2. Half Baked (1998)
Half Baked was critically slammed when it was released, and reviews of it still don't tend to show much love for the film, but it's achieved a cult status among many viewers and I don't know too many people who don't think this film is funny. Half Baked tells the story of a group of loyal friends who've known each other since childhood, who end up as pot dealers after one of them is thrown in jail and needs bail money. The group encounters trouble when a local drug kingpin demands they pay him in order to be allowed to continue, and their situation continues to spiral out of control. Half Baked would probably be a throwaway stoner film except for some clever writing that keeps the film consistently funny, and a talented cast led by Dave Chappelle and Jim Breuer. It's hard to hate on a film with cameos by Willie Nelson, John Stewart, Bob Saget, Stephen Baldwin, Snoop Dogg and Tommy Chong anyway.
1. Harold and Kumar Go to White Castle (2004)
After a disappointing start to their weekend, pothead pals Harold Lee and Kumar Patel smoke some weed and are inspired to travel to a White Castle restaurant to satisfy their munchies. They encounter many misadventures along the way, including a scary mechanic named "Freakshow" who wants them to participate in a foursome with him and his wife, and an ecstasy-gobbling, out-of-control Neil Patrick Harris. Without spoiling too much of the plot, it'll suffice to say that Harold and Kumar Go to White Castle is extremely funny throughout, and one doesn't need to be high to enjoy the insane situations the pair find themselves thrust into while they're simply trying to score weed and hamburgers. This film is definitely worth repeated viewings.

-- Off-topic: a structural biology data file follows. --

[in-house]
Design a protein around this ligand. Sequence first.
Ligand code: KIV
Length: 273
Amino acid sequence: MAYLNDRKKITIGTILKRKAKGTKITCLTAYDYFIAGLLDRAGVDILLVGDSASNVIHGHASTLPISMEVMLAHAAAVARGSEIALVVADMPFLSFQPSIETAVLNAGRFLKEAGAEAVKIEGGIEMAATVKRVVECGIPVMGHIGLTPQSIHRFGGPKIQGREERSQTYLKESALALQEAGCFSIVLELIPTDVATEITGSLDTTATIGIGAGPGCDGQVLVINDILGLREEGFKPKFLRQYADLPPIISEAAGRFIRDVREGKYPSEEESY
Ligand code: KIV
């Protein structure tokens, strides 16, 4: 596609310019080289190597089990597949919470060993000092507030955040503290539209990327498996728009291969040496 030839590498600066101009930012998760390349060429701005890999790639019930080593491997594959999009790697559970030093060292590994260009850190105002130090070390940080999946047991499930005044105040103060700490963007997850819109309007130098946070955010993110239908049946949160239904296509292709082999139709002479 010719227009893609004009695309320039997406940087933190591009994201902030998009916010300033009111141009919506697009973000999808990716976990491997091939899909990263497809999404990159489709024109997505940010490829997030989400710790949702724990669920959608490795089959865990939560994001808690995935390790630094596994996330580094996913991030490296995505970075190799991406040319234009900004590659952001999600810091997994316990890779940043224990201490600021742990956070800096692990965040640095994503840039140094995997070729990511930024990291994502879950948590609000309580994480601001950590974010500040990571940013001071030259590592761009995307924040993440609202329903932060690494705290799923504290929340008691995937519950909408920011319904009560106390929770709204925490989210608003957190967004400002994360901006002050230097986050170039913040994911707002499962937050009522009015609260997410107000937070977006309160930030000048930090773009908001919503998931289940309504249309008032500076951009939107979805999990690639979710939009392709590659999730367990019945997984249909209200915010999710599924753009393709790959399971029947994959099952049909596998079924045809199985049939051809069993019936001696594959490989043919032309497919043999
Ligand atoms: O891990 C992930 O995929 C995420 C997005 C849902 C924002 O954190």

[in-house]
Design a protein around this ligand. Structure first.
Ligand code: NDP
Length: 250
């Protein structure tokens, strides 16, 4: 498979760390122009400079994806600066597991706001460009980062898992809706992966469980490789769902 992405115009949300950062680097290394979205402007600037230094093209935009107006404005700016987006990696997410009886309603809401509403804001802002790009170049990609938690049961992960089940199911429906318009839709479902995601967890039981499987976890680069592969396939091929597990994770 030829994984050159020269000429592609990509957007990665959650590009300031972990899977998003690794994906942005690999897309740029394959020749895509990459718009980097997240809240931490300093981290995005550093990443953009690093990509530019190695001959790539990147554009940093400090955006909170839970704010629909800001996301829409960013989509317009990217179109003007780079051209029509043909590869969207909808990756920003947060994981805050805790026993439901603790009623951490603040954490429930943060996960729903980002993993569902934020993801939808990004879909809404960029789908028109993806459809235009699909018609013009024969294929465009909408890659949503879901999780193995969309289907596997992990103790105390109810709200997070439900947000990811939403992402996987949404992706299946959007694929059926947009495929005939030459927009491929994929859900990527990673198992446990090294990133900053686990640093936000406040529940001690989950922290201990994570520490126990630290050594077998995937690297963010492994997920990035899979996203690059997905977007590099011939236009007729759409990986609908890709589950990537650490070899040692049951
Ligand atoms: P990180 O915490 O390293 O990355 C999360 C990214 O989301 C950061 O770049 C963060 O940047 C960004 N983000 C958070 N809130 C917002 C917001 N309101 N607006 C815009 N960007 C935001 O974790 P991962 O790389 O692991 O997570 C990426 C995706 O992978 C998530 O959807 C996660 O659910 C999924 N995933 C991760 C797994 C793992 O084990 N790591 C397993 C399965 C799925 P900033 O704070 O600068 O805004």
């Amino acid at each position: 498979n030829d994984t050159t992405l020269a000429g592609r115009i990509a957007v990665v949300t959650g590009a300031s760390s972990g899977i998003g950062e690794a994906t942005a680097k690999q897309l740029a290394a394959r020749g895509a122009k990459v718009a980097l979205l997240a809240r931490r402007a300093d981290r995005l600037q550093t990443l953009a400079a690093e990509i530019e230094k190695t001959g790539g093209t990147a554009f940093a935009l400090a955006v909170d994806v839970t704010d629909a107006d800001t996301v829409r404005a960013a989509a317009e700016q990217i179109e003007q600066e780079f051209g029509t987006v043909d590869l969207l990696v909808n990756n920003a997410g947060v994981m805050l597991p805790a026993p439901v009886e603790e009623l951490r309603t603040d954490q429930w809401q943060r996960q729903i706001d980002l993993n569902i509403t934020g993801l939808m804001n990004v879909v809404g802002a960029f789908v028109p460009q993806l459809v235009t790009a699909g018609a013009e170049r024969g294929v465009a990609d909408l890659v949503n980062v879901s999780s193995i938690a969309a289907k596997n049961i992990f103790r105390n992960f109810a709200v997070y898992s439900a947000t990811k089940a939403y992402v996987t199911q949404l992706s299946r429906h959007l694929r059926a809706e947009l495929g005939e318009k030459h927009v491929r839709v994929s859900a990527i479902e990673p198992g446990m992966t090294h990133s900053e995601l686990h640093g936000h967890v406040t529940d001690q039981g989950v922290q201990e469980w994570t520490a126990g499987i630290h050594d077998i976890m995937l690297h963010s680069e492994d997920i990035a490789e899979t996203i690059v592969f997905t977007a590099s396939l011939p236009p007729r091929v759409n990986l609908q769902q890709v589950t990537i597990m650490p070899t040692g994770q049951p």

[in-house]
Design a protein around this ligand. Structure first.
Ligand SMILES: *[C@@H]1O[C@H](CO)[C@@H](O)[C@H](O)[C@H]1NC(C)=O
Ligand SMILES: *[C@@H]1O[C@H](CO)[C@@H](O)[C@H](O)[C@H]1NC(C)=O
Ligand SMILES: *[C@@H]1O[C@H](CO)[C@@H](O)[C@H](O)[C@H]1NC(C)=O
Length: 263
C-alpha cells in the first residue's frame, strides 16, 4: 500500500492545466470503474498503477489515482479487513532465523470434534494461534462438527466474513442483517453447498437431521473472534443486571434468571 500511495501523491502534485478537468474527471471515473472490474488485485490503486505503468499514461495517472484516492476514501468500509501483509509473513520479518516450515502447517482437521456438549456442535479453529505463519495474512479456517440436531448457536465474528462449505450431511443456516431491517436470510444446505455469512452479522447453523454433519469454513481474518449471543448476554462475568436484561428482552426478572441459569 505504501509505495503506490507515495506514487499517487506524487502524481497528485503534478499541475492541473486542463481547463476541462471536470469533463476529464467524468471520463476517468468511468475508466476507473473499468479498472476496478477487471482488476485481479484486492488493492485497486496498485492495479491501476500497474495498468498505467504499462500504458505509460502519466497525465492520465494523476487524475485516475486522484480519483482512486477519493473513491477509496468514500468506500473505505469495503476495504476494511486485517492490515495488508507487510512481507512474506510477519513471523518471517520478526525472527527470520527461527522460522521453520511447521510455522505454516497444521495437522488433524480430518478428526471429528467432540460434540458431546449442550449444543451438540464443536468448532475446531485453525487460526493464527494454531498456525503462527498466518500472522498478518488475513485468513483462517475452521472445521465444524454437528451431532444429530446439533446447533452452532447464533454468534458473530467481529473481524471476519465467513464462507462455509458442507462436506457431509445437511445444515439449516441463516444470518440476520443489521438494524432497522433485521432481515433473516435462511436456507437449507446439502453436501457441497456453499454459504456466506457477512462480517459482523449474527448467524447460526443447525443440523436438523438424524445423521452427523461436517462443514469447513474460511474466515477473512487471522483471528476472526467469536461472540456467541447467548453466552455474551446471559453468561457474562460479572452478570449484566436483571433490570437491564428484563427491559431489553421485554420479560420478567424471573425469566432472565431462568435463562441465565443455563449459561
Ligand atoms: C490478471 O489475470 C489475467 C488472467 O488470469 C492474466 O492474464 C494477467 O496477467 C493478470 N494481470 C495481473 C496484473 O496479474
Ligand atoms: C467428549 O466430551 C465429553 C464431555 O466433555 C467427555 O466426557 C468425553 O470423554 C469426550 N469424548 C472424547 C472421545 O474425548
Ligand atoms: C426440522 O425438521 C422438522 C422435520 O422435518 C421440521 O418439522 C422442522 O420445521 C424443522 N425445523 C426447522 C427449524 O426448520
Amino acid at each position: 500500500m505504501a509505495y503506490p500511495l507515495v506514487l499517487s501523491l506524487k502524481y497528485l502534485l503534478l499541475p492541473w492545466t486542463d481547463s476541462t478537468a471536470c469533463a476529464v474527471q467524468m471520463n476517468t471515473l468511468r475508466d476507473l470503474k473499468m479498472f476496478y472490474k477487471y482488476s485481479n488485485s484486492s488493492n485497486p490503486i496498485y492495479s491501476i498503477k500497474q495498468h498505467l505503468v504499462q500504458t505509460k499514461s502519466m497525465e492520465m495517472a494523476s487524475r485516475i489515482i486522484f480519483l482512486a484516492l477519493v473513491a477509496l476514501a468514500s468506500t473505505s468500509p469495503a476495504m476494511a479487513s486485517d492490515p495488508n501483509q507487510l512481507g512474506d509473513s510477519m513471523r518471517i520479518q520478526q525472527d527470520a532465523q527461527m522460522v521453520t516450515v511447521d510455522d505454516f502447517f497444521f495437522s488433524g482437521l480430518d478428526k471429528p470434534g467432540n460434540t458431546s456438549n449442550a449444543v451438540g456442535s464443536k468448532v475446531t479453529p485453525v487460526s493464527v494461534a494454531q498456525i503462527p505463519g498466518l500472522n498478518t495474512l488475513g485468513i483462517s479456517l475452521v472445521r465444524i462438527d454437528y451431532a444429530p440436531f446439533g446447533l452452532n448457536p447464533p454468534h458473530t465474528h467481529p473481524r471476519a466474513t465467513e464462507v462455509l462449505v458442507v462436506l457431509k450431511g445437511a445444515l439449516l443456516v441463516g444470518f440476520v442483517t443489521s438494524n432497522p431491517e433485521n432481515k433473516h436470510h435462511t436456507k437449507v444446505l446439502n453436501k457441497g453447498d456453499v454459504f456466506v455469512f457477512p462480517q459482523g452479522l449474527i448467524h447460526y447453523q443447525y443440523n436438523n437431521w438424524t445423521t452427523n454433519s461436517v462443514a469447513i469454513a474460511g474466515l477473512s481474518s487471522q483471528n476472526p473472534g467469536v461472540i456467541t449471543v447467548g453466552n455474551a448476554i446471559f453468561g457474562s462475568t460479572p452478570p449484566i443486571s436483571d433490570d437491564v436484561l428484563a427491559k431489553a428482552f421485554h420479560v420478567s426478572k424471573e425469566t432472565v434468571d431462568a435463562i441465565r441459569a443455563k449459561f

This list isn't intended as a complete compendium of every funny stoner comedy that's ever been released, because there are a ton of them. Some films, like The Stoned Age (1994), are worth digging up, and would make the list if it were longer, and there are lots of films that could be included, except they're not explicitly about drug use. Fast Times at Ridgemont High (1982) and Bill and Ted's Excellent Adventure (1989) are good examples of films with stoner characters in them, but are different in overall tone.